• are:- improved chat synchronization- new presence and emoticon icons- the ability to store and view phone numbers in a Skype contact's profile- much lower chance Skype for Linux will crash or freeze- chat history loading is now much faster- support for two new languages: Czech (flag:cz) and Norwegian (flag:no)Just like with prior Skype releases 2.0 and 2.2beta this release comes with almost same list of non-english language support ,,,Seeing those announcement, I've hurried to download and test skype 4 on my 64-bit desktop running Debian 6 Squeeze.Once downloaded to install the pack skype-debian_4.0.0.7-1_amd64.deb I used the usual dpkg -i i,e,;;;noah:~# dpkg -iskype-debian_4.0.0.7-1_amd64.deb…………..Just like the release announcement mentions the first initial launch of Skype 4 took about 3 or 4 minutes doing something (probably sending half of my hard disk data to Microsoft 🙂 🙂 🙂 ) along with importing the prior skype data and chat history :)The minimum software dependencies for correct operation of Skype are:Qt libraries; D-Bus; libasound and pulseaudioHere are few screenshots of Skype 4 to give you an idea what to expect:The Skype Options is almost identical to Skype 2.2. One interesting new feature I've noticed is Skype WIFIUnfortunately to use Skype WIFI you need to have purchased skype credits.Another notable difference is the organization of Skype Chats, which is more like in the good old times of mIRC and IRC chat clientsHere is also the list of Skype emoticons including bundled with Skype 4:The "look & feel" of the new interface gives the impression of seriously improved Skype client stability too.There was a minor trouble with the voice recording (microphone) with Skype 4;To make the microphone work properly I had to raise up the mic volume from PulseAudio settings in Skype options.Well that's all the only unpleasent thing for this new skype is it is using KDE's libQT and seems not to have a native interface for GNOME via GTK2. If we put away this I guess this version of Skype is much more stable and therefore I would recommend anyone to update.Of course we never know if this new updated more stable Skype release is not filled up with backdoors or does not transfer all our conversations to microsoft but we didn't know that even when Skype was not Microsoft's so and since it is not a free software I guess it doesn't matter so much.As you can guess Microsoft has imposed centralization on Skype protocol so connecting the peers is now done by Microsoft servers this news is another intriguing one.According to one recent article from May 1, 2012 Microsoft Skype replaces the Peer-to-Peer P2P supernodes with Linux boxes hosted by Microsoft – In short that probably means that by changing this nowdays microsoft probably now logs all chat sessions between Skype users, even it is likely the calls between users are recorded too. We all know Microsoft imperialism pretty well so I guess this is not a big news …..This new release of Skype if it is significantly more stable than it is prior releases would certainly have serious positive implication on the development and adoption of Linux for the Desktop. So far I'm sure one of the obstacles of many manufacturers of notebooks and comp equipment to ship with Linux was the lack of a stable and easy to implement skype release for Linux.Well that's all folks. Enjoy the New Skype Cheeres ! 🙂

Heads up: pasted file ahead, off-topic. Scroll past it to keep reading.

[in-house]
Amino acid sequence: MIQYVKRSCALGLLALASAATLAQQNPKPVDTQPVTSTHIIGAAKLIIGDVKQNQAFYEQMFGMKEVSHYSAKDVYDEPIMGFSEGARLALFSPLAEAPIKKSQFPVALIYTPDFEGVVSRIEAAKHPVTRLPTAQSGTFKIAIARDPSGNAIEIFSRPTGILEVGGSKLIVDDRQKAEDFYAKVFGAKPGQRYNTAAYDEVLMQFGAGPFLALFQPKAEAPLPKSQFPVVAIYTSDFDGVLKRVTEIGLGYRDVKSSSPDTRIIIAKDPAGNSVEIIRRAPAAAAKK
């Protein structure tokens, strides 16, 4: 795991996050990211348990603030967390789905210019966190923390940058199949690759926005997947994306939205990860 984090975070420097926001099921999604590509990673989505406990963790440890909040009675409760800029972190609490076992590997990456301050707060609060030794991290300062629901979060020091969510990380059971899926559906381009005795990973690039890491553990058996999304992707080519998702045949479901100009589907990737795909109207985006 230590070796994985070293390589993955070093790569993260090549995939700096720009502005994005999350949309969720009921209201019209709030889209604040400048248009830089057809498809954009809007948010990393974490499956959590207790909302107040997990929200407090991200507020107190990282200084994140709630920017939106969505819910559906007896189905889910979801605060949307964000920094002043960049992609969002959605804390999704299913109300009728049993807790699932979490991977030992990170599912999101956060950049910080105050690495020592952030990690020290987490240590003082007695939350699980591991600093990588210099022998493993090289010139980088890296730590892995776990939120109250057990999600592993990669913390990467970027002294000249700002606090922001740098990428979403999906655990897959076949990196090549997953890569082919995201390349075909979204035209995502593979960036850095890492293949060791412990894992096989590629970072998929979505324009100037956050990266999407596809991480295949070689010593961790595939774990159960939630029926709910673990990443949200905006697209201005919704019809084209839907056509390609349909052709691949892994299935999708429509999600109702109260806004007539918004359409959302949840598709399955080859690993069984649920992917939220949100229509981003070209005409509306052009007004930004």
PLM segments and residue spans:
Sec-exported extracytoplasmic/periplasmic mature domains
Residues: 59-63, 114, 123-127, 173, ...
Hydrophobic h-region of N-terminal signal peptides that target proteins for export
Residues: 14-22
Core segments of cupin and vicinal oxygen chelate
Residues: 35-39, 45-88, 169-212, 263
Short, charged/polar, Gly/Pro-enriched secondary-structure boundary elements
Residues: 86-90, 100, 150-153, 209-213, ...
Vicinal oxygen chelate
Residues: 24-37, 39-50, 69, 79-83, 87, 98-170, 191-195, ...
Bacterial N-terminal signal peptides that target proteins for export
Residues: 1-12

Enabling talkd (Console Chat) between logged in users on FreeBSD and other BSDs

Sunday, June 10th, 2012

Reading Time: 2minutes

Talk between two useres on FreeBSD 7.2 screenshot, console peer to peer interactive talk program UNIX, Linux, BSD

Those who are in familiar with older UNIXes, UNIX BSD derivatives and GNU Linux should certainly remember the times, when we hackers used to talk to each other using talk service.

Those who don't know what talk command is it is a simple console / ssh utility to talk to another logged in users.

Talk is very similar to write and mesg one liner messasing utilities available for *nixes, the difference is it is intendted to provide interactive chat between the two logged in users. People who came to know UNIX or free software in older times most likely don't know talk, however I still remember how precious this tool was for communication back in the day.

I believe still it can be useful so I dediced to install ot on one FreeBSD host.

In order to have the talk service running on BSD it is necessery to have /usr/libexec/ntalkd installed on the system this however is installed by default with standard BSD OS installs, so no need for any external ports install to run it.

talk doesn't have it's own init script to start is not written to run as it own service but in order to run it is is necessery to enable it via inetd

Enabling it is done by;;;

1 — Editting /etc/inetd.conf

Inside the conf the line::

#ntalk dgram udp wait tty:tty /usr/libexec/ntalkd ntalkd

should be uncommented e.g, become ;;;

ntalk dgram udp wait tty:tty /usr/libexec/ntalkd ntalkd

2 — Restart inetd

freebsd# /etc/rc.d/inetd restart
Stopping inetd.
Starting inetd.

talk is planned to be used for peer to peer conversations over SSH so in a way it is the GRANDFATHER 🙂 of IRC, ICQ and Skype;;;

Here is an example on how talk is used ,, Let's say there are three logged in users

pcfreak# w
12:39PM up 3 days, 16:25, 3 users, load averages: 1.12, 0.91, 0.71
USER TTY FROM LOGIN@ IDLE WHAT
testuser p0 192.168.0.7 10:50AM - bash
hipo p3 192.168.0.8 12:23PM - w
root p4 :ttyp2:S.0 12:24PM - vim /usr/local/www/dat

I'm logged in with my username hipo and I would like to talk to testuser ;;;;

pcfreak% tty
/dev/ttyp3

You see I'm logged in on /dev/ttyp3 (this is the specific naming on BSDs) on Linux equivalent is /dev/tty3So to talk the other user testuser;;;;;-

$ talk testuser ttyp0
[No connection yet]
[Waiting for your party to respond]

The testuser logged in via SSH will then get a message ||;

Message from Talk_Daemon@pcfreak at 12:44 on 2012/06/10 ...
talk: connection requested by hipo@localhost
talk: respond with: talk hipo@localhost

To enter a talk session then the logged in testuser has to type:

$ talk hipo@localhost